By Renee Jean, Business and Tourism Reporter
The film industry has been cashing in on Wyoming’s multimillion-dollar cowboy mystique for decades, but a lot of those movies purported to be set in the Cowboy State are made elsewhere.
That’s prompted lawmakers to again try to develop an incentives bill to attract more filmmakers to Wyoming, bringing with them the millions of dollars in sales tax revenue production crews typically spend while here.
As an example of how much money is potentially being left on the table, the HBO Max Series “The Last of Us” spent $15 million on an episode depicting Wyoming scenes that were actually shot in Canada, according to media news site The Gauntlet.
The popular television show “Yellowstone,” which is set in Wyoming, has never filmed here. The production spent $80 million for three seasons filming in Utah before moving operations to Montana, which offered a little sweeter rebate at $10 million, the Salt Lake Tribune reports.
These sales tax expenditures are aside from the tourism opportunities filming locations can create when fans of shows want to visit the locations where their favorite characters are brought to life.
Such visits can be hard to quantify, but as one example of the potential, the family that owns land where the 1977 movie “Close Encounters of the Third Kind” was filmed has turned a concrete pad laid by the film company into part of a KOA camp. There are daily showings of the movie as part of the campground’s activities and there are hikes around Devils Tower as well.
Sweetening The Deal
The latest iteration of a Wyoming film incentives bill seeks to bring the state a larger slice of sales tax revenues, thousands of jobs and untapped tourism potential by offering a $3 million rebate every two years on production expenditures on Wyoming goods and services.
The money would come from the statewide lodging tax.
Filmmakers would be eligible for up to 30% reimbursement of qualified expenses for productions not only set, but also shot in Wyoming. It is a reimbursement, so the rebates would not be available before a production is filmed.
The rebates are available in two tiers and phased in based on several factors.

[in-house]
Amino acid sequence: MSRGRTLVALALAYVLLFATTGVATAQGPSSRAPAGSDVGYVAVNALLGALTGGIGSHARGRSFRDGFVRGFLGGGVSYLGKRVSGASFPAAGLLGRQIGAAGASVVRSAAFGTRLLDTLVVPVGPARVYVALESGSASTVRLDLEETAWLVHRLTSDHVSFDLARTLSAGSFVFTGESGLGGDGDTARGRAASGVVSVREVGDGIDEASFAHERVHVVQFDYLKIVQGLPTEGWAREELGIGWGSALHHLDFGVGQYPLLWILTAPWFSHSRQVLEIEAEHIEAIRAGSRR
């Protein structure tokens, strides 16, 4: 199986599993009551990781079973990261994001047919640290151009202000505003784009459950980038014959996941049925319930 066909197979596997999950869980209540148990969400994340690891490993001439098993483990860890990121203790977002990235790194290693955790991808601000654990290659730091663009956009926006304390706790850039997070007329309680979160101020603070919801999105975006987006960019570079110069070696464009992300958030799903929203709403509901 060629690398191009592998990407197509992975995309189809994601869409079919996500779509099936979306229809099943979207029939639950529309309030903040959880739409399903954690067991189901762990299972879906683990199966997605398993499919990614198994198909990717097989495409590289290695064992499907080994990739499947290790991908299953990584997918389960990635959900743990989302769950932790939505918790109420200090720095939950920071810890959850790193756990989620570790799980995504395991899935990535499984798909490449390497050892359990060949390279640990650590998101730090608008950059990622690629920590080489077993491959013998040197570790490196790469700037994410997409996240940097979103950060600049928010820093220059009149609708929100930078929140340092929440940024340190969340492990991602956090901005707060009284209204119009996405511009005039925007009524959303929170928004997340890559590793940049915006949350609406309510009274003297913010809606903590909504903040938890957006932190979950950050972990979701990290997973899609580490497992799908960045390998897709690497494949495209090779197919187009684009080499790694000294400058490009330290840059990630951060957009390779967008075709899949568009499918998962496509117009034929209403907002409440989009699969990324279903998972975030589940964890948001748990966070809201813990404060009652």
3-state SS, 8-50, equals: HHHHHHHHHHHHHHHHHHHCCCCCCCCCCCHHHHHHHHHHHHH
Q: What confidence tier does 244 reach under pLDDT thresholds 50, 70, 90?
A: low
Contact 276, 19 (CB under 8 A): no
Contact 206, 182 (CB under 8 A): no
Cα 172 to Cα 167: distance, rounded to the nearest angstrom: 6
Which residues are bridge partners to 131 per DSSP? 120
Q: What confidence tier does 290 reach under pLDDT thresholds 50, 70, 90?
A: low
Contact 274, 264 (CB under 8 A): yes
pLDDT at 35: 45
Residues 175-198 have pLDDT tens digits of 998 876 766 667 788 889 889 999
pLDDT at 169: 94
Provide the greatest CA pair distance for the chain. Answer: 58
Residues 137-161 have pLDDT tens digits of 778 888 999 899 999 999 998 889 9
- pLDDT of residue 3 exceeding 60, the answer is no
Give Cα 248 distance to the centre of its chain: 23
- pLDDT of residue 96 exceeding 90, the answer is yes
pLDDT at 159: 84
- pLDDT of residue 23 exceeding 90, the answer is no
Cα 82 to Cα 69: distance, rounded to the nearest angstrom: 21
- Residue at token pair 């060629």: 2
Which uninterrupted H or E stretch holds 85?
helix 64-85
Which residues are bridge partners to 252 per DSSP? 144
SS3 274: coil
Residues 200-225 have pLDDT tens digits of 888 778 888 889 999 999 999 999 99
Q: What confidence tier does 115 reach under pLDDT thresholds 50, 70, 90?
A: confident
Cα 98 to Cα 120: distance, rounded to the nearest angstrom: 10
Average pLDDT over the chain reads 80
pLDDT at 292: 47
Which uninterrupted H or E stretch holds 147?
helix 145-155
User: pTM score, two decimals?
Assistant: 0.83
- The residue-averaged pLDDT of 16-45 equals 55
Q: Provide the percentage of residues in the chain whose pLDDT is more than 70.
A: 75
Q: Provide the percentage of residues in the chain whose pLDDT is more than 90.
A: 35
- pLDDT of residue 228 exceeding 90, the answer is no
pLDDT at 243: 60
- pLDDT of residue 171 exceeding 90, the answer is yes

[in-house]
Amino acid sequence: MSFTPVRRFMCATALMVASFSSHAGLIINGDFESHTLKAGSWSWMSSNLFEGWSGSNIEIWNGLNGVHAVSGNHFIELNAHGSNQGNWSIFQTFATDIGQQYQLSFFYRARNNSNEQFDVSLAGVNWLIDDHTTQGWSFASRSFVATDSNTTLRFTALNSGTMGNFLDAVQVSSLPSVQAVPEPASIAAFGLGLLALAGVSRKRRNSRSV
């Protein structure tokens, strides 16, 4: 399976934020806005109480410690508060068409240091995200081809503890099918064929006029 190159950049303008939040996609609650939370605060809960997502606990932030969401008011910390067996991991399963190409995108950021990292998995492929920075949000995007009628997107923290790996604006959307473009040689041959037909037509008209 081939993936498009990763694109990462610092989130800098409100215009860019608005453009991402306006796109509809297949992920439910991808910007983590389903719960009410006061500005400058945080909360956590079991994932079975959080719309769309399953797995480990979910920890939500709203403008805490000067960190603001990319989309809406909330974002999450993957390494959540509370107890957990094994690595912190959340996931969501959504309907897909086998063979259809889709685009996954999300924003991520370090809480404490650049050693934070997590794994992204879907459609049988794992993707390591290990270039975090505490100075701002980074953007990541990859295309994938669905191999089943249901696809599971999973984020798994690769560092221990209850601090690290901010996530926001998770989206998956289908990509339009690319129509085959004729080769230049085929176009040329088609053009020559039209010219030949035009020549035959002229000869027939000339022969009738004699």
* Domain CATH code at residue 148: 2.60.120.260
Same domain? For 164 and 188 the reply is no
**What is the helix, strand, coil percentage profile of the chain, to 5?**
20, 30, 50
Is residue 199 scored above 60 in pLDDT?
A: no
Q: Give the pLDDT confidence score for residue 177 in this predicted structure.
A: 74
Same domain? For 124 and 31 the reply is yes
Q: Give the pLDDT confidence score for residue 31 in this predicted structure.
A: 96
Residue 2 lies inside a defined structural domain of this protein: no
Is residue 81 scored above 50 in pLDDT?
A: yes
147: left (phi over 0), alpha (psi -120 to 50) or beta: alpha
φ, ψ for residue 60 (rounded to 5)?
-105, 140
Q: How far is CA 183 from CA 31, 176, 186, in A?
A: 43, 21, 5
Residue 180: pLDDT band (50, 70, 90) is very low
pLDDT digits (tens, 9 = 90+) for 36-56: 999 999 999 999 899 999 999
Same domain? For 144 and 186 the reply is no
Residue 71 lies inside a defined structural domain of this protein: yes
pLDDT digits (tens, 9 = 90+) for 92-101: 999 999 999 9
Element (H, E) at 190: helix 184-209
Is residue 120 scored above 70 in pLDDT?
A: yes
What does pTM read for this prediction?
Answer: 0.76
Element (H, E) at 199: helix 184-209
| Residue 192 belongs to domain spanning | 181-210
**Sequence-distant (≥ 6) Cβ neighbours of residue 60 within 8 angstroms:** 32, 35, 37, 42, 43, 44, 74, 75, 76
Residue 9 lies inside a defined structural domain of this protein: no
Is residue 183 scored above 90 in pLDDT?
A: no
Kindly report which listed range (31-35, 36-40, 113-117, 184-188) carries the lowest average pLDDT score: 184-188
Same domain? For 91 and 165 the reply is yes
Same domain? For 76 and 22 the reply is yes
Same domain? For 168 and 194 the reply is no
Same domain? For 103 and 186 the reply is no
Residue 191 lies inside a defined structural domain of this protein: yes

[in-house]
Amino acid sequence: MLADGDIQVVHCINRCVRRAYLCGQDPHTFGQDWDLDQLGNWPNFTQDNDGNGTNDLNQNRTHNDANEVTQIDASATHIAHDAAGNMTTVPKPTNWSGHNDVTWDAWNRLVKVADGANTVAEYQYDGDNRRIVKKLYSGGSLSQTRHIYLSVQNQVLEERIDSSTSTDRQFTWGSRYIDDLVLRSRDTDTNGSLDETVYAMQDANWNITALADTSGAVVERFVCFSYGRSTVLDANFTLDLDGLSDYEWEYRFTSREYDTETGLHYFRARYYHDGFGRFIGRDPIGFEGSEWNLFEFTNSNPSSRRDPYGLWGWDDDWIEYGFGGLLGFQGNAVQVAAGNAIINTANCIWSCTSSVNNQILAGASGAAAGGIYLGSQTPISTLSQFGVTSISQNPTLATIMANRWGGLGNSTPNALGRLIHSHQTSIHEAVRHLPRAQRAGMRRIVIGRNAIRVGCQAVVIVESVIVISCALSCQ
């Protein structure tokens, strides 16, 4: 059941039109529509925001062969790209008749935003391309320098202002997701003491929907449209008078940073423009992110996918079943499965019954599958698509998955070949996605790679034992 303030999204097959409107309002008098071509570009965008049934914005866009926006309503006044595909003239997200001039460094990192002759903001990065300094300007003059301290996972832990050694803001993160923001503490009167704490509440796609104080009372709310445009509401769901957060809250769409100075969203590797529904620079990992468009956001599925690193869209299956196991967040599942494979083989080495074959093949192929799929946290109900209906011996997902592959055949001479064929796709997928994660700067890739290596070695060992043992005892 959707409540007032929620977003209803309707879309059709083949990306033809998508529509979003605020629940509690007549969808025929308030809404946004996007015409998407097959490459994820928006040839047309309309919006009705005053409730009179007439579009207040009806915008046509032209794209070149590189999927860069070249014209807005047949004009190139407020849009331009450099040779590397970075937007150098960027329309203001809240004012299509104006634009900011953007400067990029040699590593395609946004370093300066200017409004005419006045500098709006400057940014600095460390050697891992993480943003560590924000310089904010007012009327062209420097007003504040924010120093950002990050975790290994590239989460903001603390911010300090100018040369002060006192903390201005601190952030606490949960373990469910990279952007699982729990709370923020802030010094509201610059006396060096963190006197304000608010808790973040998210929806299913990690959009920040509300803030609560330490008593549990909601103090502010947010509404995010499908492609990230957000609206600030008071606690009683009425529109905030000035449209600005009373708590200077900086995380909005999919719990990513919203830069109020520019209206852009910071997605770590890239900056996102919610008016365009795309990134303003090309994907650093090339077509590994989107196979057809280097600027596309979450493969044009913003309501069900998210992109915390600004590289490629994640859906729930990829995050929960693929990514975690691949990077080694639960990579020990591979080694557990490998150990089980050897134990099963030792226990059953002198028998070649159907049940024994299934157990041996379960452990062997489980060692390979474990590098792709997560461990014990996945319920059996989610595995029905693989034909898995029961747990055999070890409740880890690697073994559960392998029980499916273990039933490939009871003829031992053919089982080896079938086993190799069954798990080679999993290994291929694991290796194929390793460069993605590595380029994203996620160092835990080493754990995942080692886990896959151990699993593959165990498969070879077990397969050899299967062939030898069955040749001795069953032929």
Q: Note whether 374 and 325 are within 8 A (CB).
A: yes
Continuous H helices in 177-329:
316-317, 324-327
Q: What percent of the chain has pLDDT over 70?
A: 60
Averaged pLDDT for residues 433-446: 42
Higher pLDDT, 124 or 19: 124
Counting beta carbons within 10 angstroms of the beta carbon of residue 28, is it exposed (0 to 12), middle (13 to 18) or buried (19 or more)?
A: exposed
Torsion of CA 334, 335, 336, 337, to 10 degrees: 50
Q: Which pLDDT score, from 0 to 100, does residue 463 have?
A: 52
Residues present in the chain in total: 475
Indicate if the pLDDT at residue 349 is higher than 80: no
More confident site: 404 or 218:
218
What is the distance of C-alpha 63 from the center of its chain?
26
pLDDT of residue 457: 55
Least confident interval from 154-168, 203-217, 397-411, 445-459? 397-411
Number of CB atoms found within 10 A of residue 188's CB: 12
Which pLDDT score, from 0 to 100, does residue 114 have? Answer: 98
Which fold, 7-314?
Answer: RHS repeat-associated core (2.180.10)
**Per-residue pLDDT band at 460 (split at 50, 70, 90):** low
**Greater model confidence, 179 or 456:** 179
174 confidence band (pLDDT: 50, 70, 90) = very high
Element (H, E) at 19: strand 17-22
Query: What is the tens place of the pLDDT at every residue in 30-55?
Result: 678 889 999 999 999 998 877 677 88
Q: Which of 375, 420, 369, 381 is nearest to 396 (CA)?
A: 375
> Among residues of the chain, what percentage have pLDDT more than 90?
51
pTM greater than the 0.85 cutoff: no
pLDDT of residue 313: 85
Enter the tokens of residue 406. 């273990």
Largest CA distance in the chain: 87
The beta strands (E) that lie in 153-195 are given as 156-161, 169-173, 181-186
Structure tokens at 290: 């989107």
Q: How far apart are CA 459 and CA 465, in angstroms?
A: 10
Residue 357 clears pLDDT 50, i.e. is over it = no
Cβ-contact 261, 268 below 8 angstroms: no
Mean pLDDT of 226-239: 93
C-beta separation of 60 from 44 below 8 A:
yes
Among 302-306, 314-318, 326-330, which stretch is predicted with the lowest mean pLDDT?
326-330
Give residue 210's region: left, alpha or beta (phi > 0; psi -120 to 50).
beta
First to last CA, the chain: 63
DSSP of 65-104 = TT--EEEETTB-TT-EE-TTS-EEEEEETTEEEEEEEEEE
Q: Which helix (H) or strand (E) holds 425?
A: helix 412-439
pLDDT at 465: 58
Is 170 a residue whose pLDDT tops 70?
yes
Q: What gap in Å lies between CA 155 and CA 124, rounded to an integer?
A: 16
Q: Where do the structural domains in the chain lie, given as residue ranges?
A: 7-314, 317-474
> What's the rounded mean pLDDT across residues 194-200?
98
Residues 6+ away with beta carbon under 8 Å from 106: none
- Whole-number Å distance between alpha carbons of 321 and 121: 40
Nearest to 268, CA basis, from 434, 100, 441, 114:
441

• For a 15% rebate, film companies would have to spend a minimum of $200,000 in Wyoming and show a distribution plan of at least 1 million viewers.
• Filmmakers could gain an additional 5% for hiring at least 60% Wyoming residents for a production crew, and another 5% for completing most of the postproduction work in state.
• Films with minimum viewership of at least 7.5 million could tack on another 2.5% rebate on Wyoming expenditures.
• If at least 10% of the workforce are also veterans who live in Wyoming or Wyoming students age 16 and older, regardless of official state residence, that’s worth another 2.5%.
• In Tier 2, smaller films could qualify for up to 15% in incentives. The first 10% is for minimum expenditures of $50,000 as well as having at least 60% Wyoming residents on the production crew.
• An additional 5% is available for productions that also have a Wyoming storyline or theme in Tier 2.
Several ‘No’ Votes
While the bill advanced from the Joint Travel, Recreation, Wildlife and Cultural Resources Committee in August and will be presented in the next legislative session, it advanced on a split vote with five lawmakers on the 12-member committee voting against it.
Rep. J.D. Williams, R-Lusk, was one of the “no” votes. He told Cowboy State Daily he sees incentivizing as a two-edged sword, but agrees a film incentive could be considered an investment in the state.
“It’s a little bit controversial though,” he said. “How badly do we want Hollywood here?”
Rep. Chad Banks, D-Rock Springs, meanwhile, told Cowboy State Daily he is a big supporter of the bill.
“If we’re not doing it, we’re missing out,” he said. “They’ve all looked at Wyoming and then went elsewhere.”
Rep. Christopher Knapp, R-Gillette, meanwhile, who also voted against the bill, believes an incentive is not in line with the Wyoming Constitution.
“The reason for that is because it takes a specific industry, and sometimes specific companies, and actually gives a rebate on expenses,” he told Cowboy State Daily. “So, it’s one thing for the state of Wyoming to say, ‘We would like to spend money on advertising,’ or, ‘We would like to do a contract for services,’ but it’s quite another to take the expenses of a company and pay for them.”
How To Track?
He also questions how to measure the impact of such a bill.
“It would be nice to measure the amount of impact your dollars have,” he said. “I’m less concerned with the people that they used to make the film and the employment that that creates, whether it’s temporarily or with a series.
“I’m more concerned with what does it bring into the state for tourism numbers.”
With a different structure, Knapp said he might be able to support a bill for incentivizing the film injustry. But the way it’s set up for now, he can’t see how it qualifies as a constitutional rebate.
“They haven’t paid anything to get any money rebated,” he said. “It’d be one thing if they paid in ‘X’ amount of taxes and say you get a tax rebate or tax exemption. They haven’t paid a single thing in to the state of Wyoming for us to rebate anything back to them.”